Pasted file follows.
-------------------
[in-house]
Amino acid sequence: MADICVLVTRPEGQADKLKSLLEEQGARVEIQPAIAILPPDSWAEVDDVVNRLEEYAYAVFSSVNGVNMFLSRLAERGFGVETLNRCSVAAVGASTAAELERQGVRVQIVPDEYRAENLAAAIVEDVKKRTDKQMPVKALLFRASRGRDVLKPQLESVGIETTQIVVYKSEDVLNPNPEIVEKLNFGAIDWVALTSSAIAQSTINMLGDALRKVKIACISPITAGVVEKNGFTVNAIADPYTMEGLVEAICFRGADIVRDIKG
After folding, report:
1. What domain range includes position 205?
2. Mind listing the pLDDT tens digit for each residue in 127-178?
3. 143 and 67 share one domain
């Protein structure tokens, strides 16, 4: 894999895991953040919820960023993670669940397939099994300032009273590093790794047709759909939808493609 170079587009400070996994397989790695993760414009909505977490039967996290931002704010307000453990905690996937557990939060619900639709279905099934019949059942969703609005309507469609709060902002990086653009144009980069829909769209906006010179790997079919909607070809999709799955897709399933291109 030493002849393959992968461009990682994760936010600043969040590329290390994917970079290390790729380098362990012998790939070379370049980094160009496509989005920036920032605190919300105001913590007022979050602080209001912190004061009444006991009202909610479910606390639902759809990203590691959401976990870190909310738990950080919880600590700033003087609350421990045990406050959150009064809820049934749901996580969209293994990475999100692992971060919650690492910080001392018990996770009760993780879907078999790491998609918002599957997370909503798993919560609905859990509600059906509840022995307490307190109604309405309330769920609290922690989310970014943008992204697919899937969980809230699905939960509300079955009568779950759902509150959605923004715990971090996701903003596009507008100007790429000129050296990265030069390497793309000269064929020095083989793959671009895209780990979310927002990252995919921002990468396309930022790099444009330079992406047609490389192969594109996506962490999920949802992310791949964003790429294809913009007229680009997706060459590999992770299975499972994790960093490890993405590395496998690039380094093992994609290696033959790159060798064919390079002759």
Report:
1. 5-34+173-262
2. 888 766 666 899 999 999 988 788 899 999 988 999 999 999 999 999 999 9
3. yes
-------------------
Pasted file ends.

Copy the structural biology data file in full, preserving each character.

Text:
[in-house]
Amino acid sequence: MADICVLVTRPEGQADKLKSLLEEQGARVEIQPAIAILPPDSWAEVDDVVNRLEEYAYAVFSSVNGVNMFLSRLAERGFGVETLNRCSVAAVGASTAAELERQGVRVQIVPDEYRAENLAAAIVEDVKKRTDKQMPVKALLFRASRGRDVLKPQLESVGIETTQIVVYKSEDVLNPNPEIVEKLNFGAIDWVALTSSAIAQSTINMLGDALRKVKIACISPITAGVVEKNGFTVNAIADPYTMEGLVEAICFRGADIVRDIKG
After folding, report:
1. What domain range includes position 205?
2. Mind listing the pLDDT tens digit for each residue in 127-178?
3. 143 and 67 share one domain
């Protein structure tokens, strides 16, 4: 894999895991953040919820960023993670669940397939099994300032009273590093790794047709759909939808493609 170079587009400070996994397989790695993760414009909505977490039967996290931002704010307000453990905690996937557990939060619900639709279905099934019949059942969703609005309507469609709060902002990086653009144009980069829909769209906006010179790997079919909607070809999709799955897709399933291109 030493002849393959992968461009990682994760936010600043969040590329290390994917970079290390790729380098362990012998790939070379370049980094160009496509989005920036920032605190919300105001913590007022979050602080209001912190004061009444006991009202909610479910606390639902759809990203590691959401976990870190909310738990950080919880600590700033003087609350421990045990406050959150009064809820049934749901996580969209293994990475999100692992971060919650690492910080001392018990996770009760993780879907078999790491998609918002599957997370909503798993919560609905859990509600059906509840022995307490307190109604309405309330769920609290922690989310970014943008992204697919899937969980809230699905939960509300079955009568779950759902509150959605923004715990971090996701903003596009507008100007790429000129050296990265030069390497793309000269064929020095083989793959671009895209780990979310927002990252995919921002990468396309930022790099444009330079992406047609490389192969594109996506962490999920949802992310791949964003790429294809913009007229680009997706060459590999992770299975499972994790960093490890993405590395496998690039380094093992994609290696033959790159060798064919390079002759």
Report:
1. 5-34+173-262
2. 888 766 666 899 999 999 988 788 899 999 988 999 999 999 999 999 999 9
3. yes